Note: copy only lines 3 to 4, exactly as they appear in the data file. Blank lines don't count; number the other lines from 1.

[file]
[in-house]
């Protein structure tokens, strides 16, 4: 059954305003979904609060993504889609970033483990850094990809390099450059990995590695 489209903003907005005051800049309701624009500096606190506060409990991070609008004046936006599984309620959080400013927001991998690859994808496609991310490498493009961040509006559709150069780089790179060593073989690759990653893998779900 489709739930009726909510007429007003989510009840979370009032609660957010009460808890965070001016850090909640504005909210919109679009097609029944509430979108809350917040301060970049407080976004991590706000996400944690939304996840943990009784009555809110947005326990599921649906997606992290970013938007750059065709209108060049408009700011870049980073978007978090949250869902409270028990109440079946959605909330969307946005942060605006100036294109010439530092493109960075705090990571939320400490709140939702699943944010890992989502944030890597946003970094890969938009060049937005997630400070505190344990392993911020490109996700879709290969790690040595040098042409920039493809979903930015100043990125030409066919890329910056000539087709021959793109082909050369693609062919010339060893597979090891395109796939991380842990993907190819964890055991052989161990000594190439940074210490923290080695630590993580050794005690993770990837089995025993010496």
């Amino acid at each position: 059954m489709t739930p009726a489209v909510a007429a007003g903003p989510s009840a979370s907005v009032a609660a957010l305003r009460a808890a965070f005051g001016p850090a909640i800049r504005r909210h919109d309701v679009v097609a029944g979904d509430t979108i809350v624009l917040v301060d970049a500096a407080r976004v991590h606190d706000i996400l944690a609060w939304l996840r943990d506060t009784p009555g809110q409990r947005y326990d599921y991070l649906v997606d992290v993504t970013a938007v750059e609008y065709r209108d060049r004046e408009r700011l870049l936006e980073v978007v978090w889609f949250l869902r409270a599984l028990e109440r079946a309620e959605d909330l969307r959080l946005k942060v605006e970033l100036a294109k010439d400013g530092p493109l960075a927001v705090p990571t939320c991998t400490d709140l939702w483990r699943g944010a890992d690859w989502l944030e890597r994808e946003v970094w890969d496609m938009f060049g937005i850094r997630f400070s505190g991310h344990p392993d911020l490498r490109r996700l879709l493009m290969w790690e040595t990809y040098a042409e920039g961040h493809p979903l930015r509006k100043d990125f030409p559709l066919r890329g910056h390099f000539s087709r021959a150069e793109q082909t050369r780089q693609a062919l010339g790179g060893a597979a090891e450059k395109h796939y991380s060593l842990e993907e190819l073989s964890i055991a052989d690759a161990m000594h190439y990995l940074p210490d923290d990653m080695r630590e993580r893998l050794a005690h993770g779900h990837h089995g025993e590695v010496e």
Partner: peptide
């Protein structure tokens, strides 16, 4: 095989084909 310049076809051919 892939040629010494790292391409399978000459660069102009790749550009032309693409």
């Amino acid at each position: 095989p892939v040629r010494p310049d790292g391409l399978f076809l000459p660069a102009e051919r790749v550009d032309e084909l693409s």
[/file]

């Amino acid at each position: 059954m489709t739930p009726a489209v909510a007429a007003g903003p989510s009840a979370s907005v009032a609660a957010l305003r009460a808890a965070f005051g001016p850090a909640i800049r504005r909210h919109d309701v679009v097609a029944g979904d509430t979108i809350v624009l917040v301060d970049a500096a407080r976004v991590h606190d706000i996400l944690a609060w939304l996840r943990d506060t009784p009555g809110q409990r947005y326990d599921y991070l649906v997606d992290v993504t970013a938007v750059e609008y065709r209108d060049r004046e408009r700011l870049l936006e980073v978007v978090w889609f949250l869902r409270a599984l028990e109440r079946a309620e959605d909330l969307r959080l946005k942060v605006e970033l100036a294109k010439d400013g530092p493109l960075a927001v705090p990571t939320c991998t400490d709140l939702w483990r699943g944010a890992d690859w989502l944030e890597r994808e946003v970094w890969d496609m938009f060049g937005i850094r997630f400070s505190g991310h344990p392993d911020l490498r490109r996700l879709l493009m290969w790690e040595t990809y040098a042409e920039g961040h493809p979903l930015r509006k100043d990125f030409p559709l066919r890329g910056h390099f000539s087709r021959a150069e793109q082909t050369r780089q693609a062919l010339g790179g060893a597979a090891e450059k395109h796939y991380s060593l842990e993907e190819l073989s964890i055991a052989d690759a161990m000594h190439y990995l940074p210490d923290d990653m080695r630590e993580r893998l050794a005690h993770g779900h990837h089995g025993e590695v010496e």
Partner: peptide